Sunday, 17 June 2012
Friday, 15 June 2012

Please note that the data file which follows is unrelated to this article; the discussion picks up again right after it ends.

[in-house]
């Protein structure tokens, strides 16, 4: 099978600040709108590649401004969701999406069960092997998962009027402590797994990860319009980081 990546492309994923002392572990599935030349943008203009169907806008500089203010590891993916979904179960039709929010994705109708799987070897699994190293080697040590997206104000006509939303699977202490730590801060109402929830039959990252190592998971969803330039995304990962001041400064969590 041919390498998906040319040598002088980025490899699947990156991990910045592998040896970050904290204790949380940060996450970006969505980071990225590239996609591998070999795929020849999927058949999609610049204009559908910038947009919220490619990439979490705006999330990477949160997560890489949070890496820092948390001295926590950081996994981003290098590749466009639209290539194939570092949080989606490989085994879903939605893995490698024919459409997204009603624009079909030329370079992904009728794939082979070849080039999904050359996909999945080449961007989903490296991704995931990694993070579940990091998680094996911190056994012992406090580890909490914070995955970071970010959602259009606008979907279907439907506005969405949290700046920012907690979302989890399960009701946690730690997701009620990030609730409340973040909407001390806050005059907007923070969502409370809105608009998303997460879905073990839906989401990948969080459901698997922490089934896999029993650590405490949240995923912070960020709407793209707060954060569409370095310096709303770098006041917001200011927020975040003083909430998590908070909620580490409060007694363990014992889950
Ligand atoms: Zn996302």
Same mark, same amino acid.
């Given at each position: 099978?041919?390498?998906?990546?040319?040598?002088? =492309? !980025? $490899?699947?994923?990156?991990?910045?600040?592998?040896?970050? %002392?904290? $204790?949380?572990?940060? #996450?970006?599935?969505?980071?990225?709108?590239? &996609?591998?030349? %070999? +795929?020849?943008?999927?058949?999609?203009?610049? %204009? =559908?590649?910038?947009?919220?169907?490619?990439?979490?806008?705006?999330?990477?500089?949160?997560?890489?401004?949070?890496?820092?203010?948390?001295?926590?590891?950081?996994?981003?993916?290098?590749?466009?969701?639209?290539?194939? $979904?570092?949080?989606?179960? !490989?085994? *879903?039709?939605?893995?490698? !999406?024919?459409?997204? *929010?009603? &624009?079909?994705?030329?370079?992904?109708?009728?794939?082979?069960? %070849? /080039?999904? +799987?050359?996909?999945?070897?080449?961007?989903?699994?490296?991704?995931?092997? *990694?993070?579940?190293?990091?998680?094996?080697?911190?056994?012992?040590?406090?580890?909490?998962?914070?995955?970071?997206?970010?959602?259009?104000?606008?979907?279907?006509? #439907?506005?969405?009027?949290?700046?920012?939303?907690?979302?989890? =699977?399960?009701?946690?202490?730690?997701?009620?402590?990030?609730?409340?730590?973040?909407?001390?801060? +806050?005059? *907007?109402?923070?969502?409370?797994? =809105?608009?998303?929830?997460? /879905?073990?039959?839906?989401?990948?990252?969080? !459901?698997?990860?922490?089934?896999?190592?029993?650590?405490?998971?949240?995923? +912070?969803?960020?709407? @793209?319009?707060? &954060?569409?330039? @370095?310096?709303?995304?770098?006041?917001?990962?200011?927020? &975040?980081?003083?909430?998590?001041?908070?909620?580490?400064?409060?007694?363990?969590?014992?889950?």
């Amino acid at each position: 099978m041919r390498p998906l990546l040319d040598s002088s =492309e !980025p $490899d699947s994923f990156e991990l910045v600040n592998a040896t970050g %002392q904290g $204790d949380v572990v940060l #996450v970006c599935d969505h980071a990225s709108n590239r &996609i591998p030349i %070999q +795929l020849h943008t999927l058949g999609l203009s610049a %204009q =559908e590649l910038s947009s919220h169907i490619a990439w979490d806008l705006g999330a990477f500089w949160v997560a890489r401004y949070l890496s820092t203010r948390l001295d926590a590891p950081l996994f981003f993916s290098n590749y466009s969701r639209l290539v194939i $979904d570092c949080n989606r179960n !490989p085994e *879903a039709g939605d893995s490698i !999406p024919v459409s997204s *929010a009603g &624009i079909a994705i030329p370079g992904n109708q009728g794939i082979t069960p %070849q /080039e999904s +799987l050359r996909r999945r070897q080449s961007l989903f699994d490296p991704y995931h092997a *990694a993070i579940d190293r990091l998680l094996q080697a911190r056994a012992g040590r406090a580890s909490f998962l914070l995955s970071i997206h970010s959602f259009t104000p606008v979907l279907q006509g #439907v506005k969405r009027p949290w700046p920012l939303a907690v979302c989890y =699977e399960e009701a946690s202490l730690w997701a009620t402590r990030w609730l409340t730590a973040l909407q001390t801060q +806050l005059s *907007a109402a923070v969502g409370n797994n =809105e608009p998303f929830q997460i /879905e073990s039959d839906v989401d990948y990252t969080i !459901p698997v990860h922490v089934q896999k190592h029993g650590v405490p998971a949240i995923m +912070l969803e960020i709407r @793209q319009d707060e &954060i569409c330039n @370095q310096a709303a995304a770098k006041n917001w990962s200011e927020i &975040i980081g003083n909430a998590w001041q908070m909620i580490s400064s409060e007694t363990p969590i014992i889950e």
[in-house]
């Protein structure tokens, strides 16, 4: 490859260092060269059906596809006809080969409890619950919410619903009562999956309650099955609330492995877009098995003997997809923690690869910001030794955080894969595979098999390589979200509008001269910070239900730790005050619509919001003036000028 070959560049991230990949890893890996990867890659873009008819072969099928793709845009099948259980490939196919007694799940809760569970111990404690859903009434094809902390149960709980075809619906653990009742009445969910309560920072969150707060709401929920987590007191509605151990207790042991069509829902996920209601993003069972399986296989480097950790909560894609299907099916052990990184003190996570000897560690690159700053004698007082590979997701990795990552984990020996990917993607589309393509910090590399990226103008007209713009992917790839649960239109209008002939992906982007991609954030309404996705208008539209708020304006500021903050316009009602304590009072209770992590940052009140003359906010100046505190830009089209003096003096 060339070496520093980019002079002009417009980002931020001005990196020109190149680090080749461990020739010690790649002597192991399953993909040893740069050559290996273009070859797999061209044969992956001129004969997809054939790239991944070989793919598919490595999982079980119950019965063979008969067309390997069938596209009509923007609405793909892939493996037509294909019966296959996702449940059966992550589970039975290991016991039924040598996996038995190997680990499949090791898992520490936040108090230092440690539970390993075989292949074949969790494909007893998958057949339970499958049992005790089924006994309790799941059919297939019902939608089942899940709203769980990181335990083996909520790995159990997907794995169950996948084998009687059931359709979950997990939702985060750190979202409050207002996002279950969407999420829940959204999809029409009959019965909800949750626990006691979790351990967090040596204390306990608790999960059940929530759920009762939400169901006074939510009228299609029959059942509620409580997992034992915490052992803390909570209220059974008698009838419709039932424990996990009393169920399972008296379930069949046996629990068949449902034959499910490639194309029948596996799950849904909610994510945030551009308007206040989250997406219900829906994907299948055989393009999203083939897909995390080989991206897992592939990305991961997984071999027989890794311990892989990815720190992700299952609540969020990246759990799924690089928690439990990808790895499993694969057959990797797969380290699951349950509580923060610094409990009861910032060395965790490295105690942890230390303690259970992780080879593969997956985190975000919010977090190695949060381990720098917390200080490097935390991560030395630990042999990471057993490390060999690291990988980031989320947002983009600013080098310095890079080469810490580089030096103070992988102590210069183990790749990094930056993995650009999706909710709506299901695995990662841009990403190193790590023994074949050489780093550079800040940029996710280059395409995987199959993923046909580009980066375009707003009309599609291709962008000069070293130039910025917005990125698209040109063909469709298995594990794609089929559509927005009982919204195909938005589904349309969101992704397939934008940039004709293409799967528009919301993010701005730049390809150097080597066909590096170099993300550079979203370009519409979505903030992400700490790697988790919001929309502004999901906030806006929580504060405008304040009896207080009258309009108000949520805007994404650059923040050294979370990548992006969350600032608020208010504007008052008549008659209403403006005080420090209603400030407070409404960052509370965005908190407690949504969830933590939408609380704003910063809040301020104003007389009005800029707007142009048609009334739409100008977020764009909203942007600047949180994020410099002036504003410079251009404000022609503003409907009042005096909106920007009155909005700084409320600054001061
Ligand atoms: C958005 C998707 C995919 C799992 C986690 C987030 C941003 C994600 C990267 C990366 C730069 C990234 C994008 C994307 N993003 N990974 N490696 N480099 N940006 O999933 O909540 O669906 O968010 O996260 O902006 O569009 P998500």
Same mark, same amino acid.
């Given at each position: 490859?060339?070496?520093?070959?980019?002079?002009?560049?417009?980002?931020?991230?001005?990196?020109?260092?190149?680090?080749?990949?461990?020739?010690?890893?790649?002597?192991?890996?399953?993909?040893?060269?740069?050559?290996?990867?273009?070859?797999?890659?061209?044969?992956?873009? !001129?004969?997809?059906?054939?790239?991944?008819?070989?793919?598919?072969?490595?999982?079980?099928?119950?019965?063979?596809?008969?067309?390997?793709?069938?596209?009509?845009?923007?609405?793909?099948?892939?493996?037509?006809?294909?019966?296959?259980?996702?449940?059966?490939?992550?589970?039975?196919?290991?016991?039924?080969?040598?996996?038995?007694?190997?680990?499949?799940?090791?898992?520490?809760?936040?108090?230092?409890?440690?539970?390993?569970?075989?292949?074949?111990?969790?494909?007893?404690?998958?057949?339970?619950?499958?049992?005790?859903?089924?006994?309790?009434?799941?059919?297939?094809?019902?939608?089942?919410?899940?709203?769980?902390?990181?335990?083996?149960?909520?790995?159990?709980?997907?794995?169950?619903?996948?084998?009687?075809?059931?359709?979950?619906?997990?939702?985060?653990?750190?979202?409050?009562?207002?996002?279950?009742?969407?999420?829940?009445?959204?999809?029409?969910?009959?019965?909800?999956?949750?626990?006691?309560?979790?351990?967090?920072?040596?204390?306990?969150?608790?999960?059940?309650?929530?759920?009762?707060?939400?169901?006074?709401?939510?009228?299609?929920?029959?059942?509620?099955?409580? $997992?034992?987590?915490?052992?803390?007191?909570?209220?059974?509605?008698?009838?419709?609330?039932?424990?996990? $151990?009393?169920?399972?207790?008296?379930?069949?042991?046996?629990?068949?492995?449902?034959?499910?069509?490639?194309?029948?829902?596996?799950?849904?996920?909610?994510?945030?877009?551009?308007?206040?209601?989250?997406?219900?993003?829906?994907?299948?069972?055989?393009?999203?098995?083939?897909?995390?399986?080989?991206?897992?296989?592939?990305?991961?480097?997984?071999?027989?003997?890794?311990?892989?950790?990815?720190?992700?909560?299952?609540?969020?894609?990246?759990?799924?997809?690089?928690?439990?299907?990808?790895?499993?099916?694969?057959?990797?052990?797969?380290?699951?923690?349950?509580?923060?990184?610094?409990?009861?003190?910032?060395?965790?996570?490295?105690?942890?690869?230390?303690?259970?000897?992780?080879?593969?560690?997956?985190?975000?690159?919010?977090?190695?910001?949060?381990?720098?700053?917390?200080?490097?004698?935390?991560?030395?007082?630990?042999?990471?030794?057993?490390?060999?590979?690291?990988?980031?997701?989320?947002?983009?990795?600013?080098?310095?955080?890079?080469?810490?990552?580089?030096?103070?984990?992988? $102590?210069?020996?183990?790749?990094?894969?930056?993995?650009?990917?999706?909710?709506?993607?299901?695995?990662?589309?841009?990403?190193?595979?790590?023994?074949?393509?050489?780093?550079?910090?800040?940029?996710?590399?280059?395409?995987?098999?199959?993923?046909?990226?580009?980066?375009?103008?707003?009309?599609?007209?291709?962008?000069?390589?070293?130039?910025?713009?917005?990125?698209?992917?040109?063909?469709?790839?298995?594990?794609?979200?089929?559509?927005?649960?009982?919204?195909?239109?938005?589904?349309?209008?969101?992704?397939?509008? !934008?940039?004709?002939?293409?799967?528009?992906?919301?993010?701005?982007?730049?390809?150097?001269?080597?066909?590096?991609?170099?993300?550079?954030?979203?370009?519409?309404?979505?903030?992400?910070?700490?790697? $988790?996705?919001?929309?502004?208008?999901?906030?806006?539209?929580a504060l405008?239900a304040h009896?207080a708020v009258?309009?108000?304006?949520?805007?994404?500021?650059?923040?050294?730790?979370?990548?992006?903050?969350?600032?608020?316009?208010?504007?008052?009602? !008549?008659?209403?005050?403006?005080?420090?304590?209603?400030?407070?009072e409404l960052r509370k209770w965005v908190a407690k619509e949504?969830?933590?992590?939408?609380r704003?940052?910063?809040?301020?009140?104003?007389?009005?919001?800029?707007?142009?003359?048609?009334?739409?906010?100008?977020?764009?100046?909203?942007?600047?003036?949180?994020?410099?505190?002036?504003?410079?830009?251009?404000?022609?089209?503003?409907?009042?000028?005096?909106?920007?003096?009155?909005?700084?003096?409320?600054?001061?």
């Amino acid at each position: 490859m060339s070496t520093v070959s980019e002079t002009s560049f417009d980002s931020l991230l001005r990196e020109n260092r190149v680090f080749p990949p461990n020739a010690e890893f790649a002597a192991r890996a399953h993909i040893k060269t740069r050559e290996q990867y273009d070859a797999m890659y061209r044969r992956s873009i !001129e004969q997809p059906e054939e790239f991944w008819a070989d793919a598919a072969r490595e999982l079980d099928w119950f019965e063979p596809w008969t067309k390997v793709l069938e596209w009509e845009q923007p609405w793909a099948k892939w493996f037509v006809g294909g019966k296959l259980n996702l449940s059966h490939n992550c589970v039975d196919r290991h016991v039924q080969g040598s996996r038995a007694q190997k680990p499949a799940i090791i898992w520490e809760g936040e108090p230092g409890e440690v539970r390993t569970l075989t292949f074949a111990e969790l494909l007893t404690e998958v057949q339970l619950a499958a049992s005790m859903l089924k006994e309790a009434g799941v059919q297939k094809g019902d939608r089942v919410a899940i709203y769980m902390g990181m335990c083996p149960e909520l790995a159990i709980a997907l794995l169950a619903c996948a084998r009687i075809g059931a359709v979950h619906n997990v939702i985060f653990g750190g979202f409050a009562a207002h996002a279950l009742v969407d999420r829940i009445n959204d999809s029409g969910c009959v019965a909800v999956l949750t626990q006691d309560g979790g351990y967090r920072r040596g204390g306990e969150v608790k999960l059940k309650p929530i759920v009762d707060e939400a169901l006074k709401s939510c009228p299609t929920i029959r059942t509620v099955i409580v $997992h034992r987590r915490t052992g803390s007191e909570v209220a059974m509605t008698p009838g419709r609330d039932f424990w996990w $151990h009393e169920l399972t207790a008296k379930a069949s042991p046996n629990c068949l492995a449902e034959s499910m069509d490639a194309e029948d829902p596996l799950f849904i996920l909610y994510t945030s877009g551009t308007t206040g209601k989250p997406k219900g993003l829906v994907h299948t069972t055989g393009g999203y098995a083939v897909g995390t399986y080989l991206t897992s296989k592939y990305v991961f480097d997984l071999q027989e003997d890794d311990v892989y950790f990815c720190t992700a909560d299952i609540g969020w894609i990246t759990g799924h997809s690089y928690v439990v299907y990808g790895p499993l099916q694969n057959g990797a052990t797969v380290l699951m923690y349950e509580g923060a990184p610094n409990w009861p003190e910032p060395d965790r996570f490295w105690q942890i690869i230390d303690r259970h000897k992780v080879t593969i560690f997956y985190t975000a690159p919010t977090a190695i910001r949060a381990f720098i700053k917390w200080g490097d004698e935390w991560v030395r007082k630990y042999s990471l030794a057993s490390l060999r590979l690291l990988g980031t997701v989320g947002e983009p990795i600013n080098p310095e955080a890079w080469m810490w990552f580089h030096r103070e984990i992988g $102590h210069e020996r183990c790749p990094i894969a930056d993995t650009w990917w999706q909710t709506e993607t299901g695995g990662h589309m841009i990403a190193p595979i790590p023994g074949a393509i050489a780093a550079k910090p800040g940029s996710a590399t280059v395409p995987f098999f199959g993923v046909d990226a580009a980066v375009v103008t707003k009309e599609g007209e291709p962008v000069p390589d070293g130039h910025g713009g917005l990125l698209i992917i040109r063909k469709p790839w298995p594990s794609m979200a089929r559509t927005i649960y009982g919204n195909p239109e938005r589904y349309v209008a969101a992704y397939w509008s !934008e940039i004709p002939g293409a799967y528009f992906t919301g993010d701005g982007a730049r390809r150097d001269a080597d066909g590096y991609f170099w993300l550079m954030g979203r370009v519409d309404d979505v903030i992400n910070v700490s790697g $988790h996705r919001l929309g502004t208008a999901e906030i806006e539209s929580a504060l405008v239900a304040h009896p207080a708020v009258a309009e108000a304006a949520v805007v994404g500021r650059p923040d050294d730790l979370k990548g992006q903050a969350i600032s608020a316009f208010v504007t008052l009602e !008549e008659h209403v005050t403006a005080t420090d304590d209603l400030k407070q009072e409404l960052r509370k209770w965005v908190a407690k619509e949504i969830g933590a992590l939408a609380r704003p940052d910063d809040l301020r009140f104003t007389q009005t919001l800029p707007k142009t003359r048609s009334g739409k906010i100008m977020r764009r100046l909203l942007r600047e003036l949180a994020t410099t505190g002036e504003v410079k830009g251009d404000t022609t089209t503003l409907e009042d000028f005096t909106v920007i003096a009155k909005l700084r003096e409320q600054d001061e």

The main festival season in Russia has got underway with the first main film festival of the summer - Kinotavr - recently concluding in Sochi. In recent years it has made some innovative choices and a look back at the history of its prizes suggests that it gets things right some but not all of the time. This year the award of the main prize to Pavel Ruminov to his film Я буду рядом (I'll be by your side) has united all critics in their consternation at this average film - shot in reality in conjunction as a TV serial -being granted the main prize. The far more noteworthy new film by Sigarev (already noted in recent international film festivals such as Rotterdam and Wiesbaden - and written about here http://giuvivrussianfilm.blogspot.com/2012/05/vasily-sigarev.html) was given only the consolatory Directors' Prize. as well as that for the best camera work.